15. But suppose two wise men, one of them possessing all that is supposed to be naturally welcome, while the other meets only with the very reverse: do we assert that they have an equal happiness?
We do, if they are equally wise.
What though the one be favoured in body and in all else that does not help towards wisdom, still less towards virtue, towards the vision of the noblest, towards being the highest, what does all that amount to? The man commanding all such practical advantages cannot flatter himself that he is more truly happy than the man without them: the utmost profusion of such boons would not help even to make a flute-player.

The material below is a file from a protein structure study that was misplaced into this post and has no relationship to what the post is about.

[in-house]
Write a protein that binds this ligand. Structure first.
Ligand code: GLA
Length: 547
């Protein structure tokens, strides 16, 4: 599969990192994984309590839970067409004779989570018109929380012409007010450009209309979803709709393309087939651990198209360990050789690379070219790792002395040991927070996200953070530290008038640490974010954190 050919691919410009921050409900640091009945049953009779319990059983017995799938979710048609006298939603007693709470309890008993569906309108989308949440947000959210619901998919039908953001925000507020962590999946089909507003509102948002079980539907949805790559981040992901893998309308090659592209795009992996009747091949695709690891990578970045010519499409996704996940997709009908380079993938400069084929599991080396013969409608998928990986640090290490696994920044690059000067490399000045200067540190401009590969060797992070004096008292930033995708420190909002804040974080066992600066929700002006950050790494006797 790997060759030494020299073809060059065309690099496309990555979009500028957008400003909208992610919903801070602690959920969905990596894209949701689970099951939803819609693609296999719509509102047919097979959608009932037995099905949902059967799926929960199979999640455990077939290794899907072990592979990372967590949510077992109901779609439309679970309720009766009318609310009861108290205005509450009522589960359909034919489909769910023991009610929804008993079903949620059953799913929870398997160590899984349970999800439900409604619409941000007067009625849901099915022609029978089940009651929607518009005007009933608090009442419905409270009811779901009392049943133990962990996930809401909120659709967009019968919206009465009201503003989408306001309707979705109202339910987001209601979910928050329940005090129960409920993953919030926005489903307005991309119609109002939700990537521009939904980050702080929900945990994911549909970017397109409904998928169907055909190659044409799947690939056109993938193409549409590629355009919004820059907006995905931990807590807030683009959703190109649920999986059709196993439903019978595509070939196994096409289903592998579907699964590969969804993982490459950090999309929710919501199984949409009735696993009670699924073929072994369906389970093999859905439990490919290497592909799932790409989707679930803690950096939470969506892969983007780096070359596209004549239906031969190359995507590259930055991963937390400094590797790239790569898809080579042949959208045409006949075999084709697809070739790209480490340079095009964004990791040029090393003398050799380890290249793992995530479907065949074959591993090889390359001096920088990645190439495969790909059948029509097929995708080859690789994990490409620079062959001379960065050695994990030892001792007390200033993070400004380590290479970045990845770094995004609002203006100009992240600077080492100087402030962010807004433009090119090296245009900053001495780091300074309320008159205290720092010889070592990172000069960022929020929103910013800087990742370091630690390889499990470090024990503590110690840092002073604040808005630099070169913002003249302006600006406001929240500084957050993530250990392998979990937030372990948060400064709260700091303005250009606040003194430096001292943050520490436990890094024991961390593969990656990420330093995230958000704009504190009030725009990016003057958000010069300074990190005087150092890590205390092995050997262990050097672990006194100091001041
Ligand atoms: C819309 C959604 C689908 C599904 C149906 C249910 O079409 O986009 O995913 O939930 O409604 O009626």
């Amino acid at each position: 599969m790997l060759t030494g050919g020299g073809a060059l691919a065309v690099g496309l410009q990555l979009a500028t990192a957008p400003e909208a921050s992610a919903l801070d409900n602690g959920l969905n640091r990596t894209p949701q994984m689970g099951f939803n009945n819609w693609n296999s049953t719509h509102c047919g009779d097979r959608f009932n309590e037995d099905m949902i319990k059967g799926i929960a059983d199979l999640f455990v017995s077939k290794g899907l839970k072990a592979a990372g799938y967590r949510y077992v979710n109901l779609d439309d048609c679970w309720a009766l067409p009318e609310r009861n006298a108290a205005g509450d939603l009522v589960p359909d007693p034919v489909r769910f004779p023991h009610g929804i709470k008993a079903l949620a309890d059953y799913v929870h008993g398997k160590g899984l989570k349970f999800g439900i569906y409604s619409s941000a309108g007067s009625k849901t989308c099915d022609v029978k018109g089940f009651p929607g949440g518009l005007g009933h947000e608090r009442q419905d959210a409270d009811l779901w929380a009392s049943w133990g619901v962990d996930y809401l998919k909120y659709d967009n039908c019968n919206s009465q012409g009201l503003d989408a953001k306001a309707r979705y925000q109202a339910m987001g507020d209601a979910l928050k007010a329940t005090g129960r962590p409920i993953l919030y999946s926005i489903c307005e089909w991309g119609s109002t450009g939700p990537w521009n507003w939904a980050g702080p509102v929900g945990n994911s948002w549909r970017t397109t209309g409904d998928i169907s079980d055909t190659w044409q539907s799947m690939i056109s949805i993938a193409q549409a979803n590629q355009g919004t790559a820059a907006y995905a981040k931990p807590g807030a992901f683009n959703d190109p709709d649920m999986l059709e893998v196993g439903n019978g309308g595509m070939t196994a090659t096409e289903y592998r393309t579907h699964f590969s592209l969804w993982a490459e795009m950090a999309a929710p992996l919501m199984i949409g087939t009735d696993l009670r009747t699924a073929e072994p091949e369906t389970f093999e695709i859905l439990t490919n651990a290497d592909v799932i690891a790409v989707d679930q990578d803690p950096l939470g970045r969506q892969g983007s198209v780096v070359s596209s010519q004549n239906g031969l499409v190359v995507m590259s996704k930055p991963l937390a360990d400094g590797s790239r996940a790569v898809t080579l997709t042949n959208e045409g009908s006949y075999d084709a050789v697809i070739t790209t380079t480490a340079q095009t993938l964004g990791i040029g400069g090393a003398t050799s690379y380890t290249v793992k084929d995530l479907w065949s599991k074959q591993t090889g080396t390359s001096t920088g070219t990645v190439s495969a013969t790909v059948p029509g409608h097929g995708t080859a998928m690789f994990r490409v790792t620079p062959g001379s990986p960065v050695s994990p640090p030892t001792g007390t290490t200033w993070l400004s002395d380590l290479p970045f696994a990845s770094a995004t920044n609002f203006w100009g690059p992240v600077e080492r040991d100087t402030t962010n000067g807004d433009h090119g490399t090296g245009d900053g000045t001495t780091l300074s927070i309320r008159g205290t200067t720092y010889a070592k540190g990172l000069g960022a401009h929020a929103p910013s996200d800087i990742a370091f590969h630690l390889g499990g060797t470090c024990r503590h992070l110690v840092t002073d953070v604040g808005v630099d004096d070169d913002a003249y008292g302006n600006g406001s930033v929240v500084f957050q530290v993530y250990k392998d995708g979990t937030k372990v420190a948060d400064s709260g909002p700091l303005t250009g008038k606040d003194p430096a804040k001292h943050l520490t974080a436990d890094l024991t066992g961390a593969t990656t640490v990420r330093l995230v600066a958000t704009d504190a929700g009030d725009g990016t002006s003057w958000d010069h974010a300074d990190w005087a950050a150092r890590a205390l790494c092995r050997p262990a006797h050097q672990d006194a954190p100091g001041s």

We discuss the happy man after our own feebleness; we count alarming and grave what his felicity takes lightly: he would be neither wise nor in the state of happiness if he had not quitted all trifling with such things and become as it were another being, having confidence in his own nature, faith that evil can never touch him. In such a spirit he can be fearless through and through; where there is dread, there is not perfect virtue; the man is some sort of a half-thing.
As for any involuntary fear rising in him and taking the judgement by surprise, while his thoughts perhaps are elsewhere, the Sage will attack it and drive it out; he will, so to speak, calm the refractory child within him, whether by reason or by menace, but without passion, as an infant might feel itself rebuked by a glance of severity.
This does not make the Sage unfriendly or harsh: it is to himself and in his own great concern that he is the Sage: giving freely to his intimates of all he has to give, he will be the best of friends by his very union with the Intellectual-Principle.